The dedication read: "To Second Lieutenant Stuart L. Swenson, Forever Young and Gay and Brave." My wife found it in a 1943 mystery novel, "Eleven Came Back," by Mabel Seeley. Such memorials catch my eye, especially when directed to members of the armed forces during wartime.
Then I heard the echo of my high school history teacher, the late Mr. Lynn: "Perhaps, Telly, a little digging is in order."
So I grabbed a shovel.
To start, Mabel Seeley (nee Hodnefield, 1903-91) from Herman, Minn., was a mystery writer during the mid-20th century. Her family moved to St. Paul, Minn., when she was 17. Barely known today outside of crime writing circles, in her time she was prolific: 10 novels in less than two decades.
Records indicate she was on the first board of directors for the Mystery Writers of America. Seeley’s trademark was the strong female who solved crimes, but wasn’t necessarily a detective. Rather, her protagonists were everyday Midwestern women: housewives, librarians, etc. They fought to preserve those things in life they found sacred.
In the early 1950s, Seeley left writing to focus on her second marriage, and never looked back. So why did she dedicate this book to Lt. Swenson? That was a question to which I never found the answer. But the more I dug, the more "dominoes of history," as Mr. Lynn called them, began to fall.
Military files show Stuart L. Swenson (1916-42) died on January 16, 1942, in the crash of TWA Flight 3 on Mount Potosi, Nev., along with 21 others. Swenson hailed from St. Paul, Minn. When he died he was a husband of four months -- though conflicting reports had him single -- and a co-pilot in the Army’s Ferry Command. He was a passenger on the flight. St. Paul. There’s a connection between Seeley and Swenson, but nothing more I could find in short order. They were 13 years apart in age, so their link was unclear. Did the families know each other? Did Seeley babysit the young Swenson? Her inscription suggested a high regard and possibly intimacy for the young officer, or maybe she was moved by a native son’s untimely death.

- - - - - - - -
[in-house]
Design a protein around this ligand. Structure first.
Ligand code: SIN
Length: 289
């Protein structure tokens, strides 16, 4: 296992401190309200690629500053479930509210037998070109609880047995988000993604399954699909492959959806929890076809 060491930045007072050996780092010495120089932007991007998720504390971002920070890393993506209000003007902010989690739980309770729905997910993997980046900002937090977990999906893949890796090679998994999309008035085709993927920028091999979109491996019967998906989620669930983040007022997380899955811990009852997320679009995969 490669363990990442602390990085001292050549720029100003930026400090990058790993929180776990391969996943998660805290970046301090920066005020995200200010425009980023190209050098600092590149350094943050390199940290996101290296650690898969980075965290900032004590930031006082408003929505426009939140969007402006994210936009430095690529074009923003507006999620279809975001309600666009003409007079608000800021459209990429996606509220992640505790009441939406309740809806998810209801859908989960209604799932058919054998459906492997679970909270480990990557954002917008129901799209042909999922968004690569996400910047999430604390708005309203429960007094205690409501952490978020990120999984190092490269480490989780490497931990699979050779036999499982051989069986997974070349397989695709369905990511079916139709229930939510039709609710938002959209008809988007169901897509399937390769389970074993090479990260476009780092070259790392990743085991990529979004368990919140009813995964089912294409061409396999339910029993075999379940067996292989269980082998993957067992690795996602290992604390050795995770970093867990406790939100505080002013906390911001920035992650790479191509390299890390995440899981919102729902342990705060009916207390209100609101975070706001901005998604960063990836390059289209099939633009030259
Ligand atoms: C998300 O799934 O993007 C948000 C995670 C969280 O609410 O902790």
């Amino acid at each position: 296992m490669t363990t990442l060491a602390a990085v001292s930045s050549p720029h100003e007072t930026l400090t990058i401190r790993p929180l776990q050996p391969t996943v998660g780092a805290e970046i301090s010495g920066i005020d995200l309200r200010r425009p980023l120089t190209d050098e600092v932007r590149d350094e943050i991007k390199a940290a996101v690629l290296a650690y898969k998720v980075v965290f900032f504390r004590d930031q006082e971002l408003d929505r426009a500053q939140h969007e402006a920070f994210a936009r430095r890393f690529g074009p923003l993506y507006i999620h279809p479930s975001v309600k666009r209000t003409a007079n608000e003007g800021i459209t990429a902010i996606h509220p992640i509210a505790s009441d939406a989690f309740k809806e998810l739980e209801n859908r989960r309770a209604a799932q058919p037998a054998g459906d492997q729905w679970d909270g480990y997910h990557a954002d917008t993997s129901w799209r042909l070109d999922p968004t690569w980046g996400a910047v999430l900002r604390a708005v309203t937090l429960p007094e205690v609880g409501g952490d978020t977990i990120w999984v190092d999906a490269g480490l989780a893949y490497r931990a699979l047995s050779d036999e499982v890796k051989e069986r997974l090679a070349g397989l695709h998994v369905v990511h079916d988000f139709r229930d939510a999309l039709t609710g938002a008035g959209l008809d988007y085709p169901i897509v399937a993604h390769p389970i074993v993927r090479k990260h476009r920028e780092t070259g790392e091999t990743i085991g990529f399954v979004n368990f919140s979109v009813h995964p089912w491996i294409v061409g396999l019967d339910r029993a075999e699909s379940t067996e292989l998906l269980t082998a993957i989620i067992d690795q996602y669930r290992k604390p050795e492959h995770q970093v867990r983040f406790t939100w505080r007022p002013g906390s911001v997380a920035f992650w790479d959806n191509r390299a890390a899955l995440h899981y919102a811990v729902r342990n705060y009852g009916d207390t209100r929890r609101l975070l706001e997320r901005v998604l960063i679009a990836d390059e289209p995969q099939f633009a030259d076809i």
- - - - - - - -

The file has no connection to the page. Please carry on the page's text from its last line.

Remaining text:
But that’s not the end of it. An examination of the flight manifest revealed that along with the Army Air Corps passengers and TWA crew were civilian travelers returning from a major war bond drive. They included actress Carole Lombard, the wife of Clark Gable.
At the time of her death, Lombard (1908-42) was one of Hollywood’s biggest stars. Born Jane Alice Peters in Fort Wayne, Ind., she began her career in silent movies and had appeared in over 60 feature films. One of them is a personal favorite, the classic 1939 comedy, "My Man Godfrey," in which she co-starred with first hubby William Powell.
Period news reports described second husband Gable (1901-60), from Cadiz, Ohio, as inconsolable after Lombard’s death. He joined the search teams in the snow of Mount Potosi following the crash. During the war, to honor Lombard’s memory, Gable went on to serve in the Army Air Corps.
The irony of this entire affair -- which I stumbled upon while reading reports on Flight 3 -- was that Lombard wasn’t supposed to be on that DC-3. Rather, she forced her way on it, not once, but twice. The first time, in Indiana, she convinced her mother and press agent via coin toss to fly back to California, instead of taking the train.
Then, in Las Vegas, her party was to be bumped from the flight as "non-essential," in favor of Swenson’s military group. But Lombard was able to persuade authorities that her war bond effort -- she had just raised $2 million -- made her as vital as the flyboys, so three other civilians were sent packing to the tarmac.
While Gable married twice more, upon his death he was laid to rest by Lombard’s side in Los Angeles. And to come full circle with yet another twist, the original object of my curiosity, Lt. Swenson, was also buried in L.A.
One middling novelist. One obscure Army Air Corps officer. Two movie stars. All four Midwesterners. And all connected by one cryptic remembrance in a long-forgotten mystery book.
Coincidence? Probably. Dominoes of history? Absolutely. I closed the cover of Seeley’s novel, with my original question still unanswered. In the process, however, time had asked and answered several others. Maybe one of these days I’ll find that last domino.
Somewhere, with shovel in hand, Mr. Lynn was smiling.
Telly Halkias is an award-winning freelance journalist. E-mail him at: email@example.com